Date
25 March 2017
China's island building in the South China is made even more provocative because it comes with military infrastructure, according to a US congressional report. Photo: CNN
China's island building in the South China is made even more provocative because it comes with military infrastructure, according to a US congressional report. Photo: CNN

China challenging US-led peace in Asia Pacific, says panel

China is challenging decades of US-led peace and stability in the Asia-Pacific region by expanding islands it claims in the South China Sea.

The move is all “all the more provocative” because it is being outfitted with a range of military infrastructure, according to a US congressional commission report cited by Bloomberg.

Also, the US-China Economic and Security Review Commission said China is a “less welcoming place for foreign companies”.

It blamed newly adopted or proposed Chinese laws that favor domestic enterprises and could seriously undermine the ability of US and other foreign companies to do business in the country.

The report said China’s economic slowdown “may weaken public support for the government, which could encourage nationalist displays and adventurism abroad”.

China’s military has conducted at least seven tests of anti-satellite weapons that ascend directly from Earth, the most recent in July 2014, firing an SC-19 missile that intercepted a suborbital target, it said.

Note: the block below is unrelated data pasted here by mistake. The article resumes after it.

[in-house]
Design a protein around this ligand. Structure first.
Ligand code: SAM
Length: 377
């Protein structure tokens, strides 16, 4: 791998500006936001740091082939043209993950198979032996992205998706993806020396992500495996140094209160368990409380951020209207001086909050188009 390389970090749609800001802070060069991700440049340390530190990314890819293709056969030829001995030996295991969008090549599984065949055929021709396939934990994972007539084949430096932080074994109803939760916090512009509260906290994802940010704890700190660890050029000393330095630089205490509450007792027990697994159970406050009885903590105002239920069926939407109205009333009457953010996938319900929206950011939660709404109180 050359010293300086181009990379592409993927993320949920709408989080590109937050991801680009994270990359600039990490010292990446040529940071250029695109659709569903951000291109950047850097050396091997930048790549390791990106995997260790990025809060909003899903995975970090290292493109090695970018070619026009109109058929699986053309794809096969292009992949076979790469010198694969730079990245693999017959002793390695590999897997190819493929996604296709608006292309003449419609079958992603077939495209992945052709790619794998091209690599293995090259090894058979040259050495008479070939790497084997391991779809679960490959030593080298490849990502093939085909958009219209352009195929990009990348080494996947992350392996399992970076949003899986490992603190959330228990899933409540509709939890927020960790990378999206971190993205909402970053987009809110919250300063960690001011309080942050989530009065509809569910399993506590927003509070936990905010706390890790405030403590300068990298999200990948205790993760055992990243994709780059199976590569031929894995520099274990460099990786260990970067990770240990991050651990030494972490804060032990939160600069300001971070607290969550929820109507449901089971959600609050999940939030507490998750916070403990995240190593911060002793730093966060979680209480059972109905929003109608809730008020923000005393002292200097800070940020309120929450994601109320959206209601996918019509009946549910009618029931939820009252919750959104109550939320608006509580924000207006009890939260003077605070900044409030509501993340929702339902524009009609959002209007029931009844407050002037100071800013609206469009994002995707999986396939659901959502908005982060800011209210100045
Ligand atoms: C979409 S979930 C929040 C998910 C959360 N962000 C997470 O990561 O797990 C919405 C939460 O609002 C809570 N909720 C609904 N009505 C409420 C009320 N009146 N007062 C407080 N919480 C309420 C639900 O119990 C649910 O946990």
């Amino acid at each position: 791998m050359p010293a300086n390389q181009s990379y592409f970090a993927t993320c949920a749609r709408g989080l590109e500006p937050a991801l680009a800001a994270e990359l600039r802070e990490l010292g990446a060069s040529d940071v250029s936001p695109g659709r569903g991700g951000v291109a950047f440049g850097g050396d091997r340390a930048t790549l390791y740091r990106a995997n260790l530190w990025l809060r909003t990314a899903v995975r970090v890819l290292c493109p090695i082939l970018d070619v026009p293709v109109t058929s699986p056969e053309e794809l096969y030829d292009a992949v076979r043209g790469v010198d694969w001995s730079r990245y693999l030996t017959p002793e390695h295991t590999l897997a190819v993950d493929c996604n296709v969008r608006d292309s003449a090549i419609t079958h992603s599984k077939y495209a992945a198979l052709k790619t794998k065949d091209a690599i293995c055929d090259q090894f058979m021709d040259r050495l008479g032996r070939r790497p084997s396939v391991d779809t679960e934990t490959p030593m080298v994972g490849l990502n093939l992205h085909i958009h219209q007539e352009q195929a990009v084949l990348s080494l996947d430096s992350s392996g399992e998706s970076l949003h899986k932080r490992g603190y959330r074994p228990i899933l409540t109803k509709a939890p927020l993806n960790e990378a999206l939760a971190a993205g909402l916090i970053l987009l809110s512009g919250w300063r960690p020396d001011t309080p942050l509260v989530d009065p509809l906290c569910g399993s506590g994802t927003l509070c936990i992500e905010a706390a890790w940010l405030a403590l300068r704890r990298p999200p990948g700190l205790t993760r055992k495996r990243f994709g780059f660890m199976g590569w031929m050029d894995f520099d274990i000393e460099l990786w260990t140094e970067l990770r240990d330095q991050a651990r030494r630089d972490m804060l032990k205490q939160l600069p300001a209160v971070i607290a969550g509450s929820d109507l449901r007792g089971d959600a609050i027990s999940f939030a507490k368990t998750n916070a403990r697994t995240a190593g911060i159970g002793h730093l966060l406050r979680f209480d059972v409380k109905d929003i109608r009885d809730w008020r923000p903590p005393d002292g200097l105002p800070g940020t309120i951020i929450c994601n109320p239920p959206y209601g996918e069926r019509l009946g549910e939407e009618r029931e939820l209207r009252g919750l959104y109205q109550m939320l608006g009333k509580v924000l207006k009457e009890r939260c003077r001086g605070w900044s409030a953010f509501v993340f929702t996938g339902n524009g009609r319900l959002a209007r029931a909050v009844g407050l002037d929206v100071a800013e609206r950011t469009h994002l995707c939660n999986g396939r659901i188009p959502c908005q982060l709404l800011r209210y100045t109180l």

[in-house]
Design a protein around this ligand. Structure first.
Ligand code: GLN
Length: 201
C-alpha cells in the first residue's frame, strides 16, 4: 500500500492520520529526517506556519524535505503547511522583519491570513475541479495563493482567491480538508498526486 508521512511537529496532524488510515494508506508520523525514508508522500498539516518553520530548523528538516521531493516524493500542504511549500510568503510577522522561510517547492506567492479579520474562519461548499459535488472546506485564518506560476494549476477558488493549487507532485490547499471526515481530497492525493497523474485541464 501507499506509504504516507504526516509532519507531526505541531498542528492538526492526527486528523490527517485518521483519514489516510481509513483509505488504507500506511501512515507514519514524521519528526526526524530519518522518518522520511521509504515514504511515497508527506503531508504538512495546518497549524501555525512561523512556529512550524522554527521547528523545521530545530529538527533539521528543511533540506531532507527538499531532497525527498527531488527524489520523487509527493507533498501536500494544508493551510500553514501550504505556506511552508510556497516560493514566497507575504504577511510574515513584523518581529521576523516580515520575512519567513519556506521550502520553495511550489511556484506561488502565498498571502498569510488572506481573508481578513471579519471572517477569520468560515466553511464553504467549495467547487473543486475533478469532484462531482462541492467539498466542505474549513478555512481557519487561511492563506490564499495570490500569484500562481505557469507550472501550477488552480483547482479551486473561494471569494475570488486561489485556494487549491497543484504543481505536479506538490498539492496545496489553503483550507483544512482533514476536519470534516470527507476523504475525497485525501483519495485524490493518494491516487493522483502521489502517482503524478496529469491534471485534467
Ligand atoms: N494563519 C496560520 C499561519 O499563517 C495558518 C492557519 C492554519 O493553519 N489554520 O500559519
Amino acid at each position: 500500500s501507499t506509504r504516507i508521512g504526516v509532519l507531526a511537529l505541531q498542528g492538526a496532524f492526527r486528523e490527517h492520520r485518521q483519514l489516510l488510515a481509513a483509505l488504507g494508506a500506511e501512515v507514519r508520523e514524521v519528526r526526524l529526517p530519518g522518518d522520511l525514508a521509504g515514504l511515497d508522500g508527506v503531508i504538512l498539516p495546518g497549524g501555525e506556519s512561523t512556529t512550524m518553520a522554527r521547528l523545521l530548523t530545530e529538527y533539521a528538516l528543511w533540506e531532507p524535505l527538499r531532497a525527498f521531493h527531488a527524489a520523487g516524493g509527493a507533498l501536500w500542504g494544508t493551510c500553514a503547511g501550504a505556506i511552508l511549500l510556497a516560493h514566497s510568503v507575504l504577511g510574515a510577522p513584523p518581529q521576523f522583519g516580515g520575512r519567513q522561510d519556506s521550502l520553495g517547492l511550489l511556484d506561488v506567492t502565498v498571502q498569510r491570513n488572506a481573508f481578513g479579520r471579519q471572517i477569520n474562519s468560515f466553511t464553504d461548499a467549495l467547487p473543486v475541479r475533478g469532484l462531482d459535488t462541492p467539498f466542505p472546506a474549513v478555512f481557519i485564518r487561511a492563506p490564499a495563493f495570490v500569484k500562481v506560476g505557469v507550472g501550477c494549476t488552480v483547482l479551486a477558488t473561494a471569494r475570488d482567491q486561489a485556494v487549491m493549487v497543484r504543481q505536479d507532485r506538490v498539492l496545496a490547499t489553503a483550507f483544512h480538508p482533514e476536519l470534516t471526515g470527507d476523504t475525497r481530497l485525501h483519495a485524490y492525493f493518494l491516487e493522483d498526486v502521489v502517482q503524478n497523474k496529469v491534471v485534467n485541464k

That test left no space debris, unlike the January 2007 test using an SC-19 against an aging Chinese weather satellite, which created more than 3,400 pieces of debris that continue “to threaten the space systems and astronauts of all nations”.

“China is pursuing a broad and robust array of counterspace capabilities, which includes direct-ascent anti-satellite missiles”, like the SC-19 and newer DN-2, “co-orbital anti-satellite systems, computer network operations, ground-based satellite jammers, and directed energy weapons,” it said.

The 2007 test demonstrated China’s ability “to strike satellites in low-Earth orbit, where the majority of the United States’ approximately 549
satellites reside, including about 30 military and intelligence satellites”.

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FL/RA

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